Fresh off of new polls placing him third behind Mitt Romney and Herman Cain, GOP presidential hopeful Newt Gingrich told reporters in Washington, D.C. "the odds are pretty good I'll be the nominee."

The latest Fox News poll released Wednesday shows the former House Speaker has quadrupled his support since August. He now stands in third place with 12 percent -- edging out Rick Perry at 10 percent -- among Republican primary voters.

"We have the tortoise campaign," the presidential hopeful said. "I've seen several rabbits run by and then fall asleep, so now we just want to keep moving forward."

Gingrich attributed his rise to his performance at the debates, and said he looked forward to rolling out new proposals for the American public.

One such initiative concerns "brain science," something Gingrich says is "probably the largest single opportunity to save money in the next 25 years." Gingrich claims "Alzheimer's alone costs one and a half times the current federal debt." His new plan would focus not only on Alzheimer's, but also on autism, Parkinson's, mental health and "systems of learning."

Another Gingrich proposal in the works concerns the financial future of college students. "We're going to launch a very big project for students to give them the right to have their own personal social security safety account," he said. "We're going to try to go to every campus we can in Iowa, New Hampshire, and South Carolina to start that process. So I think you're going to see a very idea oriented, very positive campaign in the next 30 days."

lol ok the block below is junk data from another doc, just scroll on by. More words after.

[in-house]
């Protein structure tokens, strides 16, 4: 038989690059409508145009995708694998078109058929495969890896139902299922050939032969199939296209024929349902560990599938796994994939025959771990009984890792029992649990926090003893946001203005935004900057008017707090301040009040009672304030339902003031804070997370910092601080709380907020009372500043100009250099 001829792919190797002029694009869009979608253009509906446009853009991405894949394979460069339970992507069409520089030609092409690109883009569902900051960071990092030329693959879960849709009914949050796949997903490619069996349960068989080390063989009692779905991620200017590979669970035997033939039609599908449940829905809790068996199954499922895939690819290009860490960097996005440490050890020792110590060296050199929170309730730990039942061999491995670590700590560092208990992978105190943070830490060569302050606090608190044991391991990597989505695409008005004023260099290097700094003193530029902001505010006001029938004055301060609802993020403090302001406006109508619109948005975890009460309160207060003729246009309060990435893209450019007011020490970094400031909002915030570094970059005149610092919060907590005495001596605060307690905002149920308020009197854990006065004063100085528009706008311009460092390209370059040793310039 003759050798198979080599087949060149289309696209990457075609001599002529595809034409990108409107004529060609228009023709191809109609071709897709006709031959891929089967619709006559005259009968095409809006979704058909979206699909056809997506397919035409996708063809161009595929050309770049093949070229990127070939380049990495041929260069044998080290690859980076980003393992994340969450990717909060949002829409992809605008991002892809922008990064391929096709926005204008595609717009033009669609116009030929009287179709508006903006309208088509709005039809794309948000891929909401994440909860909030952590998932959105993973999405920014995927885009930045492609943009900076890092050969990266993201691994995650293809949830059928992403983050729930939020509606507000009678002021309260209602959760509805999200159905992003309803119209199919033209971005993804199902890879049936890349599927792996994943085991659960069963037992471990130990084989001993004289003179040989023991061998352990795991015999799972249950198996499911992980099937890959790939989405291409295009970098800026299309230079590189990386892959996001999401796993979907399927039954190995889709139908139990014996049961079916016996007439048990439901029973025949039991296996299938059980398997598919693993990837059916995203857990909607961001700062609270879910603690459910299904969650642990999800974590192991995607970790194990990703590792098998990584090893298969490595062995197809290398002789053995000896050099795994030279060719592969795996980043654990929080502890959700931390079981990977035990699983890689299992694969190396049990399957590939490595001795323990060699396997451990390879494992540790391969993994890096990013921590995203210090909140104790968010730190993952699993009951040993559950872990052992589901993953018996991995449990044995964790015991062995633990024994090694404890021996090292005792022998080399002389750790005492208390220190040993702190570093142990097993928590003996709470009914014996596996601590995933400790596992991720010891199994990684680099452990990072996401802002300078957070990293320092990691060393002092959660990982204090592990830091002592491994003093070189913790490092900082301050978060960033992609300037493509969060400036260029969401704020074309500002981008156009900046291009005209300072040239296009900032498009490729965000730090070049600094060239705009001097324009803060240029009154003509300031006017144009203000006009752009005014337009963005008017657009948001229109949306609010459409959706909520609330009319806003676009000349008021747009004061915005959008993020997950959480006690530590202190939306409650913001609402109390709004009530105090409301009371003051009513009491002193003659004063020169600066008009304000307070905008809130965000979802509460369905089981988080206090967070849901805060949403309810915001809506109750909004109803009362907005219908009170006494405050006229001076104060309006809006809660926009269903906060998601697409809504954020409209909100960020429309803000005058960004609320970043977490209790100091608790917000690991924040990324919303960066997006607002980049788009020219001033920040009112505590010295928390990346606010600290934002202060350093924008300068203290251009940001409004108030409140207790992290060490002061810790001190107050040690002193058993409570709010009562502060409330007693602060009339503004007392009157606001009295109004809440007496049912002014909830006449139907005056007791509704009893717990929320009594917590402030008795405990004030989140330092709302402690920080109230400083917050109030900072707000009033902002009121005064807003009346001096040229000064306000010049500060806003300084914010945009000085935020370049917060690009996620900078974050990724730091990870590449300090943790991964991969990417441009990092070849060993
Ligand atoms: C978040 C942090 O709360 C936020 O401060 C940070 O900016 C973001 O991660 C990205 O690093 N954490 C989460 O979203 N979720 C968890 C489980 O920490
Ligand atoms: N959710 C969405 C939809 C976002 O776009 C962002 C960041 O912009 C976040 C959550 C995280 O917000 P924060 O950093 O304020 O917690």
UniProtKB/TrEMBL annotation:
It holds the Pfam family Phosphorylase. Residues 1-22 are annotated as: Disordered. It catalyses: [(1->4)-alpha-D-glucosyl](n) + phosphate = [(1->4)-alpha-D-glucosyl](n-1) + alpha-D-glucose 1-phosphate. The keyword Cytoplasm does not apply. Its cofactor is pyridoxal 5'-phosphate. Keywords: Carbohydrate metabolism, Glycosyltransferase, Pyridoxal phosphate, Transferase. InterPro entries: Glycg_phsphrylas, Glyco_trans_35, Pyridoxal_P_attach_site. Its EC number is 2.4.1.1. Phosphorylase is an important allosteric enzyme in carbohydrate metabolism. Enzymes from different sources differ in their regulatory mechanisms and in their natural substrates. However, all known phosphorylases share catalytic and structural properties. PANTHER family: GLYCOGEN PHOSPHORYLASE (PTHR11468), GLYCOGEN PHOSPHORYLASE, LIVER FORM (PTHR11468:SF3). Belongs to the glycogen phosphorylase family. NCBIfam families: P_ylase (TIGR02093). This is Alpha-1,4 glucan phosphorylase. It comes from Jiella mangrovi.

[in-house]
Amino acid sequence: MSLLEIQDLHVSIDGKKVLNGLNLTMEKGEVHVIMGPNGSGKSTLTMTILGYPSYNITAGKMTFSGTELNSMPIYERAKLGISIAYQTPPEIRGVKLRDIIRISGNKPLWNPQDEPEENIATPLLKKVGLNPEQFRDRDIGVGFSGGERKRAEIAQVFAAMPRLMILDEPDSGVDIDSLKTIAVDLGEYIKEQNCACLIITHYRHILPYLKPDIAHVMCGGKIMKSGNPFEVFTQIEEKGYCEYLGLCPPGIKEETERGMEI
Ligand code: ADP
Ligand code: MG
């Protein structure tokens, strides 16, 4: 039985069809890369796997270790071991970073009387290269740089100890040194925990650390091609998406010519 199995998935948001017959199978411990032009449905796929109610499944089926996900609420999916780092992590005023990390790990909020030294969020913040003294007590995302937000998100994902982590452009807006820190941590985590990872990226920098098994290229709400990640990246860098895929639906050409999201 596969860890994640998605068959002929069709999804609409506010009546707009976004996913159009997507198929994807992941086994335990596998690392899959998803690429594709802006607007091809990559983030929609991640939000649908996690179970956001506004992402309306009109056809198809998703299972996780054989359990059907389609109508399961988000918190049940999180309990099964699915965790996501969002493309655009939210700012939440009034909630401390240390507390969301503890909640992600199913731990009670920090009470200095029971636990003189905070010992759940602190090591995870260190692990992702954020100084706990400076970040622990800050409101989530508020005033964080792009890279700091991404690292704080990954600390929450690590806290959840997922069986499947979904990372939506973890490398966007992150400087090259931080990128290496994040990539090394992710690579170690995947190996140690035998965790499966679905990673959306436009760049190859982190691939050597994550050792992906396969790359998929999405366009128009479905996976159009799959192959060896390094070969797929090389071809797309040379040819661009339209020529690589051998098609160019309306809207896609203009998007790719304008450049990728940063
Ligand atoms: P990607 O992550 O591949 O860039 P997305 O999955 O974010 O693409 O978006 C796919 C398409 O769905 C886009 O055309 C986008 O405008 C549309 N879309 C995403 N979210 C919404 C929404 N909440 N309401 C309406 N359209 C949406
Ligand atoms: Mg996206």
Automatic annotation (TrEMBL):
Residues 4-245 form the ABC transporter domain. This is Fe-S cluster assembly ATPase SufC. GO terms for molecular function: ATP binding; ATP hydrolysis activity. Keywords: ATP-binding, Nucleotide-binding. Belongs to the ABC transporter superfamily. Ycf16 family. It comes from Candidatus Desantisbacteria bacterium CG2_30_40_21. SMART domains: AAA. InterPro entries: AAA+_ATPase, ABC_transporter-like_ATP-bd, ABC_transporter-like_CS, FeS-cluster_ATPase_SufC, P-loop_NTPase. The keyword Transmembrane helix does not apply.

While some campaigns like Congresswoman Michele Bachman's are dialing back staff, Gingrich just added three new full-time hires to his New Hampshire operation, and he indicated that more will be announced soon.

"We're opening offices in New Hampshire, South Carolina, and Iowa," Gingrich said. "And I think we probably have a very good chance to finish in the top two or three in New Hampshire and Iowa. I think we'll probably win South Carolina."

Gingrich's presidential ambitions suffered a major blow in June when his entire senior staff abandoned him; although they left for a variety of reasons, the turning point was a two-week Greek cruise he decided to take with his wife, which came to symbolize for critics his lack of interest in traditional boots-on-the-ground campaigning in early states.

And as if to challenge those who questioned his work ethic, Gingrich made a point today to note the amount of time he was spending on the road.

"We just had two great days in Iowa and a great day in New Hampshire. We're on the road now. Yesterday was the ninth straight day we've done it. So, you know, it's a process of working hard."

The former House Speaker made a detour to Washington Wednesday to recognize the work of Randy Evans, an Atlanta-based lawyer specializing in government ethics, with whom he has worked over the course of the past three decades. The Republican Lawyers Association was holding an event naming Evans "Lawyer of the Year."